The assassin’s version

Despite having the flavour of a monograph and being sympathetic to Godse, here is an effort to document history

Published: 17th March 2018 10:00 PM  |   Last Updated: 17th March 2018 01:03 PM   |  A+A-

Express News Service

The blurb in this book describes Dr Koenraad Elst in this way. “His scholarly research findings earned him both laurels and ostracism.” That’s stating it mildly. Whether it is the “Out of India” theory or Ayodhya, his views are never mainstream. Rarely, if ever, are they fashionable.

He doesn’t always write in English. Indeed, this volume was also originally in Dutch. There is a foreword by Gautam Sen, which describes this as a “monograph”. Indeed, monograph is a good description.  

Mahatma Gandhi’s funeral

One-third consists of seven appendices. The core has six chapters (The Murder of Mahatma Gandhi and Its Consequences; Nathuram Godse’s Background; Critique of Gandhi’s Policies; Gandhi’s Responsibility for the Partition; Godse’s Verdict on Gandhi; Other Hindu Voices on Gandhi) and shorn of appendices and bibliography, it is actually a slim volume.

To quote from Gautam Sen’s foreword, “Godse’s condemnation for the murder of Mahatma Gandhi cannot detract from the extraordinary cogency of his critique of Gandhi’s political strategy throughout the independence struggle and a fundamentally misconceived policy of appeasing Muslims, regardless of long-term consequences.”  

That’s indeed the thrust of this interesting book, though many people will fail to distinguish between the two distinct points and will unnecessarily lambast it and the author, without having necessarily read it.
The book draws on Godse’s speech. “I expected mainstream publishers to be wary of publishing it (the book) as it cited most of Godse’s speech verbatim, and India’s ban on the publication of his speech had never formally been lifted.”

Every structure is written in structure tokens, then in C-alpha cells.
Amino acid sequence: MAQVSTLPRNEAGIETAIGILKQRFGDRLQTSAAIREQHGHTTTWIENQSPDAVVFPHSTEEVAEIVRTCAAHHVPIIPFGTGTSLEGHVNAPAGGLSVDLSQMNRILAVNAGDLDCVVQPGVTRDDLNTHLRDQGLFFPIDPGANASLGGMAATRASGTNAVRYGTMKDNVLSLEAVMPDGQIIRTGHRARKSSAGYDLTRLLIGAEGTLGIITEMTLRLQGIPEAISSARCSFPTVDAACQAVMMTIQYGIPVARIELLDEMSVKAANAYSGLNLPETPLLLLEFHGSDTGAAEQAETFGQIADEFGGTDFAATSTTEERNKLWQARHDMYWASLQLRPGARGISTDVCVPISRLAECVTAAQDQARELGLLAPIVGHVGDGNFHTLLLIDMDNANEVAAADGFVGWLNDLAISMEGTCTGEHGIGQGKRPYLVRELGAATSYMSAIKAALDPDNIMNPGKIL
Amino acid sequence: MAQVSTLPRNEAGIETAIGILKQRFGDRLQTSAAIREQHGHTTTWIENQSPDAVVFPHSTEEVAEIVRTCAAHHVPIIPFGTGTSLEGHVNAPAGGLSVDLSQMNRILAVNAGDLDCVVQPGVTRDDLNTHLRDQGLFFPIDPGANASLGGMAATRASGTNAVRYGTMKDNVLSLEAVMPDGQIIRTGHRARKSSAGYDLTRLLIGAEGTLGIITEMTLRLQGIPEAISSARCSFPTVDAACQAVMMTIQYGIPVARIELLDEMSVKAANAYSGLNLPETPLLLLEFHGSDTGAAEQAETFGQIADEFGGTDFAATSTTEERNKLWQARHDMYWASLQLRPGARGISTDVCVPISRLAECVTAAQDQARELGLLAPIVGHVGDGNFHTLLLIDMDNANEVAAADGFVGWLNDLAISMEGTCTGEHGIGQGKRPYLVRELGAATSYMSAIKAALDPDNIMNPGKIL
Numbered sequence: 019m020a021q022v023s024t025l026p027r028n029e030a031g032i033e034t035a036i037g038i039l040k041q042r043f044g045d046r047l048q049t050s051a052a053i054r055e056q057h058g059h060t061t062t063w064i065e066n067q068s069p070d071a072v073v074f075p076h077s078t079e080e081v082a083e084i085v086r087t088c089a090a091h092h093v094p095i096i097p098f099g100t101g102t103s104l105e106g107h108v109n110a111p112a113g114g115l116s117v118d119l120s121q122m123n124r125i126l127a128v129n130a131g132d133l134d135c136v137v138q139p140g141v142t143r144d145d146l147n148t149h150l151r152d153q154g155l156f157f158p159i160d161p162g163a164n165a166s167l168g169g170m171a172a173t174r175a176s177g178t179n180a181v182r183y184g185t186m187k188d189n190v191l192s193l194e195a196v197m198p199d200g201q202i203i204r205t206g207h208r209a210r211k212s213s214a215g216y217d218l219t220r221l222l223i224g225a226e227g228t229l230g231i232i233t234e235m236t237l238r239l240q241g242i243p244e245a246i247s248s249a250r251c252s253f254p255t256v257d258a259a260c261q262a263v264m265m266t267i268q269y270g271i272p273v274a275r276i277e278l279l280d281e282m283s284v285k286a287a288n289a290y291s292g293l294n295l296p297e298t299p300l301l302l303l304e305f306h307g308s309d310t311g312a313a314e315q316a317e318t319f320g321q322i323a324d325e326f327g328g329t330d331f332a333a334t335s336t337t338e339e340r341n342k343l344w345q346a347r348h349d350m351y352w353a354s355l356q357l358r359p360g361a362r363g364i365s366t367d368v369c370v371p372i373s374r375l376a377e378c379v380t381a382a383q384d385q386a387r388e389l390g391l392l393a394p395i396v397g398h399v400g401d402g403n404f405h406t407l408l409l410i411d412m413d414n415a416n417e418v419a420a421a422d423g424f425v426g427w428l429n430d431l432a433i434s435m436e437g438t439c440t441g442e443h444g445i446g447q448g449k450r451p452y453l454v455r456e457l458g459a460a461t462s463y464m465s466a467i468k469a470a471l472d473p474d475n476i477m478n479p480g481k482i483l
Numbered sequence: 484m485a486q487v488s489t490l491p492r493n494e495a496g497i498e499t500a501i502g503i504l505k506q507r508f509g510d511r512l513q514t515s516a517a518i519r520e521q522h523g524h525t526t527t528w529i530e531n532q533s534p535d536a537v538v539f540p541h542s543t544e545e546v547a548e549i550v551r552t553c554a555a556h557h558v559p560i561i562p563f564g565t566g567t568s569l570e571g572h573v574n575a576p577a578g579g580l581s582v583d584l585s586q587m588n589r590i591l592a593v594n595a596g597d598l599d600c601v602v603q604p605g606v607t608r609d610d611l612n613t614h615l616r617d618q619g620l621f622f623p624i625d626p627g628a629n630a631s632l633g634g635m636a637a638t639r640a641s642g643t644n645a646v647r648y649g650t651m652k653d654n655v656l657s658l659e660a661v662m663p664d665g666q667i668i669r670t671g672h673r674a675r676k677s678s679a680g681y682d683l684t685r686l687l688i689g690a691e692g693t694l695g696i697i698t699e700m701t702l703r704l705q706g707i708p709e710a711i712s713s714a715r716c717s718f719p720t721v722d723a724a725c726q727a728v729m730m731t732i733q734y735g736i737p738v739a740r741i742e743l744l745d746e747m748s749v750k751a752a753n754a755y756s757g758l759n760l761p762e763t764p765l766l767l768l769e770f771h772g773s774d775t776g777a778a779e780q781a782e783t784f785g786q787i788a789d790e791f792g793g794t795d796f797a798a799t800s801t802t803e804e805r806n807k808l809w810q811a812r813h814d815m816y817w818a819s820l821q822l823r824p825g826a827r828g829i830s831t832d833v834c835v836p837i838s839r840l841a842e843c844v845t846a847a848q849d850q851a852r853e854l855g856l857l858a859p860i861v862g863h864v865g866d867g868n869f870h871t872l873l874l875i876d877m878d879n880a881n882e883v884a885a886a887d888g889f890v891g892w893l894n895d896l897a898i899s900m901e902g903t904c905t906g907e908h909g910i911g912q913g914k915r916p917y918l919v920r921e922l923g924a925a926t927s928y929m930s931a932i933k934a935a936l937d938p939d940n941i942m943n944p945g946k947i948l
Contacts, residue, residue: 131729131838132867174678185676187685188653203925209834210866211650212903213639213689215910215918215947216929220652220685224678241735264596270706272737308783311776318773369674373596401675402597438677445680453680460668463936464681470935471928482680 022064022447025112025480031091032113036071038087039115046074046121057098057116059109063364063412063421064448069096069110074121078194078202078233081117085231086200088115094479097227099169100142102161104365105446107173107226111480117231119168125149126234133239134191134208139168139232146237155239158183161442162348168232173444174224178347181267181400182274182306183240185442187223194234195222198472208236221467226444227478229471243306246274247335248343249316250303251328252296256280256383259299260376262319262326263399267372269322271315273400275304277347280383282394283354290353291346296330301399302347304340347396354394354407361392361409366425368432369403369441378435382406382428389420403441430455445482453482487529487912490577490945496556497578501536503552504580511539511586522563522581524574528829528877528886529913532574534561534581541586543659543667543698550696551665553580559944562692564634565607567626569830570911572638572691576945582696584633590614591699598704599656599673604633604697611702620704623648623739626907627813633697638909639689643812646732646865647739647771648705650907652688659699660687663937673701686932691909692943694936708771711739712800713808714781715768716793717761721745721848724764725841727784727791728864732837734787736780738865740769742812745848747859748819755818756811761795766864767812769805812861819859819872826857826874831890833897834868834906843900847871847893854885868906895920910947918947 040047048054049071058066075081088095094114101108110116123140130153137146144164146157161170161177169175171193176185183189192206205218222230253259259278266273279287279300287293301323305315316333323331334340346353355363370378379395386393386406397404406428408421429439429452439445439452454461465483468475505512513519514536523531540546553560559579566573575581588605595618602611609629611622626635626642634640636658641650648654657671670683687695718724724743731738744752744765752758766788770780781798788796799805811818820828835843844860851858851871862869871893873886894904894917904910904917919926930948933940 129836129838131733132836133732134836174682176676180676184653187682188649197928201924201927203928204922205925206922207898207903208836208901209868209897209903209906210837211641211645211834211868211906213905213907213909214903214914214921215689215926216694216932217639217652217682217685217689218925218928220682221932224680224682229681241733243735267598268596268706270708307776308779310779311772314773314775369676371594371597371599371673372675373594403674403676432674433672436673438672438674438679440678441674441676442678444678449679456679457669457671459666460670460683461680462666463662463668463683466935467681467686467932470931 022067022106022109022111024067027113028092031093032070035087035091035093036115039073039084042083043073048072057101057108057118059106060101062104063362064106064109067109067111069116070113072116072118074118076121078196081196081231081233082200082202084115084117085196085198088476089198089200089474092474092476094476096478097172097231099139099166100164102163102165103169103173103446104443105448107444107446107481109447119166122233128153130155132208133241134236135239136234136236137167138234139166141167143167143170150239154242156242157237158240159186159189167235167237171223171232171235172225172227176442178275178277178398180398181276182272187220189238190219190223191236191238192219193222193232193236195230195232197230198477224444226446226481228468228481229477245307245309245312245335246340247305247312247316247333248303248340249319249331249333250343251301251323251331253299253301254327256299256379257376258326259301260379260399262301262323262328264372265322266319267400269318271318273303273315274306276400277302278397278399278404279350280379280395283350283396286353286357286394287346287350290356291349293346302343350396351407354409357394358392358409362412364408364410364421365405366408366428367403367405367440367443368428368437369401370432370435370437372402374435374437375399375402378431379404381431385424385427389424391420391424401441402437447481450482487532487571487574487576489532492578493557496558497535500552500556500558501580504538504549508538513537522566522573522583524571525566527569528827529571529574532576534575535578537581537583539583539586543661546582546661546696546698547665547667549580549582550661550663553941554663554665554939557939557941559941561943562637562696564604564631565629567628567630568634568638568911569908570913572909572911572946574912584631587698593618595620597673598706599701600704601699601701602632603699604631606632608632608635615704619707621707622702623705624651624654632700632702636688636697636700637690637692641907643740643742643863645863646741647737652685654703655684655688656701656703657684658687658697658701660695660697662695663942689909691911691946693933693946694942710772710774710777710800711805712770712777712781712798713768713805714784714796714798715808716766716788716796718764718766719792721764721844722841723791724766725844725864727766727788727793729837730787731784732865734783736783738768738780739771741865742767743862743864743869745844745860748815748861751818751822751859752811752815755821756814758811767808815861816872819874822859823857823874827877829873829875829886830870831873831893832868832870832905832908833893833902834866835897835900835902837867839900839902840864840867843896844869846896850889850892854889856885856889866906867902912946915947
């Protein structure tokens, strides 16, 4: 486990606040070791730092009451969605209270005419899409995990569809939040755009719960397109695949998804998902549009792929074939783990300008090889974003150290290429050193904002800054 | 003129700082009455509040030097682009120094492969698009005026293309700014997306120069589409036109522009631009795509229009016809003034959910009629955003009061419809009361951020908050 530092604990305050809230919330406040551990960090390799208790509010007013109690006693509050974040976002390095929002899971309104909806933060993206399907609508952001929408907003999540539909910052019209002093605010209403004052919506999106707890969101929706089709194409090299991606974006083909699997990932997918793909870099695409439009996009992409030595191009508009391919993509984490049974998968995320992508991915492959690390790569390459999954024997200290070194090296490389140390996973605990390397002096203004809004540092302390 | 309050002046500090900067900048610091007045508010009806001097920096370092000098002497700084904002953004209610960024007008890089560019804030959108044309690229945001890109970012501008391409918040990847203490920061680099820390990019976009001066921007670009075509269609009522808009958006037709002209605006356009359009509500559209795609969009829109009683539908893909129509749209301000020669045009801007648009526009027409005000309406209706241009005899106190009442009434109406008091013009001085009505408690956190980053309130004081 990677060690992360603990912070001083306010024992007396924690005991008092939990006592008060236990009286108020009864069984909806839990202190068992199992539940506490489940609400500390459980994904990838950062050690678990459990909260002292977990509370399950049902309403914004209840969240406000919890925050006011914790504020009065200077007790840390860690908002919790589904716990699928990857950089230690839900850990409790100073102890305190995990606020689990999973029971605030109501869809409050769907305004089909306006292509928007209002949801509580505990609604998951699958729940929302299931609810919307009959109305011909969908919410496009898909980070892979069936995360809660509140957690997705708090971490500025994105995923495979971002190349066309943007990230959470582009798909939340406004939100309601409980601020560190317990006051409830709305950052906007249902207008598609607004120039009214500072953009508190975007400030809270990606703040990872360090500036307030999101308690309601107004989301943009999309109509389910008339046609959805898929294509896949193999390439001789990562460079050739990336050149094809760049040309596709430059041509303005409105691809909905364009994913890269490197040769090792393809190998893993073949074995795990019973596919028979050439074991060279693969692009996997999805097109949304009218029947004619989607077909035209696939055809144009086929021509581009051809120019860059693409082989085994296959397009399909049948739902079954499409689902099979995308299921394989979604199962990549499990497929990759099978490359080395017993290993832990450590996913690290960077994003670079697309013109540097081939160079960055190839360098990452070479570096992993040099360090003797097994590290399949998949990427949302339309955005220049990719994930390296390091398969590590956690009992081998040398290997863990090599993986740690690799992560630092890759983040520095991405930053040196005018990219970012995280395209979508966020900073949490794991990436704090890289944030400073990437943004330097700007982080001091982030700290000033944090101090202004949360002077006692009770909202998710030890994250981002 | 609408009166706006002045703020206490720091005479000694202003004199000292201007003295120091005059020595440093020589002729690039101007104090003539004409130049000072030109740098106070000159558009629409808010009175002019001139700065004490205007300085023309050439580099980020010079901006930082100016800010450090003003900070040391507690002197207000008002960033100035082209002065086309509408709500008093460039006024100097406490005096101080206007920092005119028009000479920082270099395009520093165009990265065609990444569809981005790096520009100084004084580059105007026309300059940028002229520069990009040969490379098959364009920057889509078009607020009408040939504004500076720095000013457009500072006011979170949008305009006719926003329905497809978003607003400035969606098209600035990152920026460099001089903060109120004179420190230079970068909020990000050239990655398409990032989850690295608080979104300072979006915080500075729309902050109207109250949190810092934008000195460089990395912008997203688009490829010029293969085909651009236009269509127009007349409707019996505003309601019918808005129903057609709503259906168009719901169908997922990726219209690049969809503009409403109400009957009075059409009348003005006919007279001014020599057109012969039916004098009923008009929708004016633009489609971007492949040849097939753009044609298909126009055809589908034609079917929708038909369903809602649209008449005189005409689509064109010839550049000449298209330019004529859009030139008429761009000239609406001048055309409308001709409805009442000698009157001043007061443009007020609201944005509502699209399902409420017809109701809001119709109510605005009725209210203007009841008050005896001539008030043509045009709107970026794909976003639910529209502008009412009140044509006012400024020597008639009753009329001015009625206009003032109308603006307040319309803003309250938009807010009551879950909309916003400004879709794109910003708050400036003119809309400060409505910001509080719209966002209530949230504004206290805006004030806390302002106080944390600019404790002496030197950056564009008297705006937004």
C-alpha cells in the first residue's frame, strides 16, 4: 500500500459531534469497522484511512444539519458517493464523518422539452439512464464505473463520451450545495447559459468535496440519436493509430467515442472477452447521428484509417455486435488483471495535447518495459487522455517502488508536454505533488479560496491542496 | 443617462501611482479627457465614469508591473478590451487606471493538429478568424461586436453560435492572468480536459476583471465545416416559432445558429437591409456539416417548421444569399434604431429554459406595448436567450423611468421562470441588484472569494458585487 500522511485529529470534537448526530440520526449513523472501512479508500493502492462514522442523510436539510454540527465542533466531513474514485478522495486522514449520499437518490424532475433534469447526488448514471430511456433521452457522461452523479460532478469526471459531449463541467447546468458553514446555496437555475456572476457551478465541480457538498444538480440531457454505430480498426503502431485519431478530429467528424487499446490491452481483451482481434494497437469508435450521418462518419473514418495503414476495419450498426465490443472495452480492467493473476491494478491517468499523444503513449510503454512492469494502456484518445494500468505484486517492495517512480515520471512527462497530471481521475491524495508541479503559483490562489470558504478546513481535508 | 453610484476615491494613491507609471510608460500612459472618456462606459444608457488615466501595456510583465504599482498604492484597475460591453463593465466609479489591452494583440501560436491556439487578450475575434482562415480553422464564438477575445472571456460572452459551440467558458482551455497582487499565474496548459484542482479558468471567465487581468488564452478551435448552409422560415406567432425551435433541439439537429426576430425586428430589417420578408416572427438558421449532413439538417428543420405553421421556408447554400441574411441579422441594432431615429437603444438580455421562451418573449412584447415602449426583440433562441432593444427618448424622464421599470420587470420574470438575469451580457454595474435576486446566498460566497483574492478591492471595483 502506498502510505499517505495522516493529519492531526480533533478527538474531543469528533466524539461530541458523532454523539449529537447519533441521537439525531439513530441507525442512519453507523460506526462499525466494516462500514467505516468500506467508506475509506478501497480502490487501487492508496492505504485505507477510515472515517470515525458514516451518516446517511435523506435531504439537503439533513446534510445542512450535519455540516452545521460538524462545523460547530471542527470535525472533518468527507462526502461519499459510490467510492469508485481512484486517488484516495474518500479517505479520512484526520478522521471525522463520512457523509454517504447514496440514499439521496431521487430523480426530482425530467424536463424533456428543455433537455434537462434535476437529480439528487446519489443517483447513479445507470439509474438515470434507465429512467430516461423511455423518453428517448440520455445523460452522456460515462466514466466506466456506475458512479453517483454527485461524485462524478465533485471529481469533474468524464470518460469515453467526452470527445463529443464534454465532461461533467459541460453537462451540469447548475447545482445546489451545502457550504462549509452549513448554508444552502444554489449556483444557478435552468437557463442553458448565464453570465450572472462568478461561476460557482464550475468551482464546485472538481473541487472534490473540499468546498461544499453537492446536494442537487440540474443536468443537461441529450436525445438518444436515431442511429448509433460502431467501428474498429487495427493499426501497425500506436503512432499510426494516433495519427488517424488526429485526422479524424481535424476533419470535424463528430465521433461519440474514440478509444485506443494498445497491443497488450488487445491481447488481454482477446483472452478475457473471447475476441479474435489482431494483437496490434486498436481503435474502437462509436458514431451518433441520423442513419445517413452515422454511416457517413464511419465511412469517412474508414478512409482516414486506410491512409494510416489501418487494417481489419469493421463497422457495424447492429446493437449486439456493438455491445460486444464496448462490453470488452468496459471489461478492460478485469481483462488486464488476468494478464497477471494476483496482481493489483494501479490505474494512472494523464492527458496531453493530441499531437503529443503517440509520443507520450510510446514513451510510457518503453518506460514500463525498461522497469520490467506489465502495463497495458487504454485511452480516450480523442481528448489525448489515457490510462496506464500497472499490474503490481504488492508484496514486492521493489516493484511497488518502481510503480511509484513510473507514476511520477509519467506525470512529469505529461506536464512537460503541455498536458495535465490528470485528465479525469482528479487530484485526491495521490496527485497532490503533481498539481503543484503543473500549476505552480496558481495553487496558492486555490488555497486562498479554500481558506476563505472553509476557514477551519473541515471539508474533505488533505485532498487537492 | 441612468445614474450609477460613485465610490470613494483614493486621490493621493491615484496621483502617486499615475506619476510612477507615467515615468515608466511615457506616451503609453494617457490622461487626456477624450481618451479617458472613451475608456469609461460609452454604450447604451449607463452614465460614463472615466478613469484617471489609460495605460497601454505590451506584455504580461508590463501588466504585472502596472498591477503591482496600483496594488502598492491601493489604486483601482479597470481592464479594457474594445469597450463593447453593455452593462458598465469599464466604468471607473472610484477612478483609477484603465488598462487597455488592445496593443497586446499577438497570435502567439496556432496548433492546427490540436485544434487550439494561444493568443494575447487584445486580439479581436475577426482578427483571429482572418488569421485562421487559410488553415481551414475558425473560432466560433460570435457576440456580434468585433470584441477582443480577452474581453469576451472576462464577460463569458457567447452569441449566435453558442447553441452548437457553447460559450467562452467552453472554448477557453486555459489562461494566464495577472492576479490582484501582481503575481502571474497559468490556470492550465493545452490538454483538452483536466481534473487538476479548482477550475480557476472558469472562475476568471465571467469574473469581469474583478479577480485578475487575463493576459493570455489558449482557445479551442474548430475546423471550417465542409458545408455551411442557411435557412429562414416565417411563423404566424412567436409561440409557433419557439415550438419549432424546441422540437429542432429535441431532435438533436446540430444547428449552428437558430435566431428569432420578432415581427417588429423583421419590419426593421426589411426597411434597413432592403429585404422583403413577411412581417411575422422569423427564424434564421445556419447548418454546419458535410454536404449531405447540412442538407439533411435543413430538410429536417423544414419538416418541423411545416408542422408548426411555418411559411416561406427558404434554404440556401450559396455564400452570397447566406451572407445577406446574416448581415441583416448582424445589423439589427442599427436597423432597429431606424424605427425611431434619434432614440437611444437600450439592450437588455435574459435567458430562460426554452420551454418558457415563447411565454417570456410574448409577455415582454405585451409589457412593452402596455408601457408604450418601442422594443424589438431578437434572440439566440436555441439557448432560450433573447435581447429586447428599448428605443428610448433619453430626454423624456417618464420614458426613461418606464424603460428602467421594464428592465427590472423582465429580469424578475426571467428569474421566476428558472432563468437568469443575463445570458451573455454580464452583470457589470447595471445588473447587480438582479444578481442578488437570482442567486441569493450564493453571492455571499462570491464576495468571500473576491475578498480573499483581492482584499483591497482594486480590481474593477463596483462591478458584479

In Koenraad Elst’s words, the Godse critique was the following. “(1) Gandhi’s non-violent agitation had but a limited action radius, he only used it on people with whom he shared a number of cultural and moral premises, viz. Hindus and liberal Britons. (2) The political success of Gandhi’s non-violent action was much more limited than is generally assumed (though more important than Godse was willing to admit).(3) In his policy of non-violence, Gandhi was erratic. (4) Gandhi made all sorts of appeasement gestures to please the Muslim League and the Muslim lobby inside Congress. (5) Gandhi flattered the Muslims and their religion endlessly. (6) Gandhi resolutely refused to learn anything from the feedback which political reality was providing.”  

Even if it is not always readily acknowledged or accepted, these arguments aren’t novel. The sixth chapter (Other Hindu Voices on Gandhi) underlines the point that Godse’s critique was not quite an outlier. The third, fourth and fifth chapters detail the critique. The second chapter (Nathuram Godse’s Background) cites facts to contest some unsubstantiated assertions made about Godse.

As a society, we should be mature enough to condemn the assassination, but accept the critique, even if we don’t always agree with it. To quote Godse, “My confidence about the moral side of my action has not been shaken even by the criticism levelled against it on all sides.”